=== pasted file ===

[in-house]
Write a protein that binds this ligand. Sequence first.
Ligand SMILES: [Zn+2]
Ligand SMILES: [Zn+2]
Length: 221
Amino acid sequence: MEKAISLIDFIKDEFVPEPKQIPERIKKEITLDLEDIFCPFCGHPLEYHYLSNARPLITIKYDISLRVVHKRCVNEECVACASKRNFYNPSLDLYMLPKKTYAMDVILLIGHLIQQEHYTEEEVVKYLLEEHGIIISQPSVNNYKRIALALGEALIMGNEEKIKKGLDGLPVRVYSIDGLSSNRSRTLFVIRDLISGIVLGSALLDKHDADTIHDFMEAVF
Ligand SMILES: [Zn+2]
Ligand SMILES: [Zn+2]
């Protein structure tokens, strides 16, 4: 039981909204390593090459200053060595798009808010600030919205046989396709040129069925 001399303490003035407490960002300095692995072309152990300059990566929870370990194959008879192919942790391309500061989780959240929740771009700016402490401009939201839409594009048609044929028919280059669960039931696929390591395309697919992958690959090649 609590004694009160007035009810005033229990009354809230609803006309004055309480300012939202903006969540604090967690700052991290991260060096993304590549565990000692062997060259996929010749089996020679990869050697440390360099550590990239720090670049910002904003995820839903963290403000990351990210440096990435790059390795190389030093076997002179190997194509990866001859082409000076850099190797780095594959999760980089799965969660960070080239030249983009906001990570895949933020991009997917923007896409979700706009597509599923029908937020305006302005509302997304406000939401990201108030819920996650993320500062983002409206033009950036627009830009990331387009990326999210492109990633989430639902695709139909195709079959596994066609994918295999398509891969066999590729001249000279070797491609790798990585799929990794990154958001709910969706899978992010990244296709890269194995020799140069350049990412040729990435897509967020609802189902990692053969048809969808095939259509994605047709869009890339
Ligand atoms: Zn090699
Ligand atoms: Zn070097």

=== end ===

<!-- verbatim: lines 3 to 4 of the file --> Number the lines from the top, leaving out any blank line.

Ligand SMILES: [Zn+2]
Ligand SMILES: [Zn+2]